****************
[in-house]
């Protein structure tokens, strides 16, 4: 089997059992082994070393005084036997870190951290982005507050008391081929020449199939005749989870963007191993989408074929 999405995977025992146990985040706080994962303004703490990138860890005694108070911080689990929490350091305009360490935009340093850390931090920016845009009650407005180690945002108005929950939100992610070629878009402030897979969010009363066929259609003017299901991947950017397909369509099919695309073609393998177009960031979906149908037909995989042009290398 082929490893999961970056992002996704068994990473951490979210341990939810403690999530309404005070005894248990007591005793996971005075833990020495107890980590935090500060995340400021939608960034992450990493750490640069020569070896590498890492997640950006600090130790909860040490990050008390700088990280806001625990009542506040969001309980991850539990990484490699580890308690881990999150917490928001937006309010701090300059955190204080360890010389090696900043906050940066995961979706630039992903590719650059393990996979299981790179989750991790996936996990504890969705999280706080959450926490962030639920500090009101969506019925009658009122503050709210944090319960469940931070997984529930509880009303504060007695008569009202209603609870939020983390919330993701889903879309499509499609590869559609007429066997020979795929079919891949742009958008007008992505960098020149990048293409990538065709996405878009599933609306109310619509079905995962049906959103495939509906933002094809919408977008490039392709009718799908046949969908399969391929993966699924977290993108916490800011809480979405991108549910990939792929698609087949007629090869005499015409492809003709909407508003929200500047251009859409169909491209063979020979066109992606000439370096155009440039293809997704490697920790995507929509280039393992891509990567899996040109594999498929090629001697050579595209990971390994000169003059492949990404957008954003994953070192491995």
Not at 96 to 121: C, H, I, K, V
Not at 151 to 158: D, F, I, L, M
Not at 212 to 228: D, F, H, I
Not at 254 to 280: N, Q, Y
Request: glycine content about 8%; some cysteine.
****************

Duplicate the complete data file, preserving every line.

[in-house]
């Protein structure tokens, strides 16, 4: 089997059992082994070393005084036997870190951290982005507050008391081929020449199939005749989870963007191993989408074929 999405995977025992146990985040706080994962303004703490990138860890005694108070911080689990929490350091305009360490935009340093850390931090920016845009009650407005180690945002108005929950939100992610070629878009402030897979969010009363066929259609003017299901991947950017397909369509099919695309073609393998177009960031979906149908037909995989042009290398 082929490893999961970056992002996704068994990473951490979210341990939810403690999530309404005070005894248990007591005793996971005075833990020495107890980590935090500060995340400021939608960034992450990493750490640069020569070896590498890492997640950006600090130790909860040490990050008390700088990280806001625990009542506040969001309980991850539990990484490699580890308690881990999150917490928001937006309010701090300059955190204080360890010389090696900043906050940066995961979706630039992903590719650059393990996979299981790179989750991790996936996990504890969705999280706080959450926490962030639920500090009101969506019925009658009122503050709210944090319960469940931070997984529930509880009303504060007695008569009202209603609870939020983390919330993701889903879309499509499609590869559609007429066997020979795929079919891949742009958008007008992505960098020149990048293409990538065709996405878009599933609306109310619509079905995962049906959103495939509906933002094809919408977008490039392709009718799908046949969908399969391929993966699924977290993108916490800011809480979405991108549910990939792929698609087949007629090869005499015409492809003709909407508003929200500047251009859409169909491209063979020979066109992606000439370096155009440039293809997704490697920790995507929509280039393992891509990567899996040109594999498929090629001697050579595209990971390994000169003059492949990404957008954003994953070192491995």
Not at 96 to 121: C, H, I, K, V
Not at 151 to 158: D, F, I, L, M
Not at 212 to 228: D, F, H, I
Not at 254 to 280: N, Q, Y
Request: glycine content about 8%; some cysteine.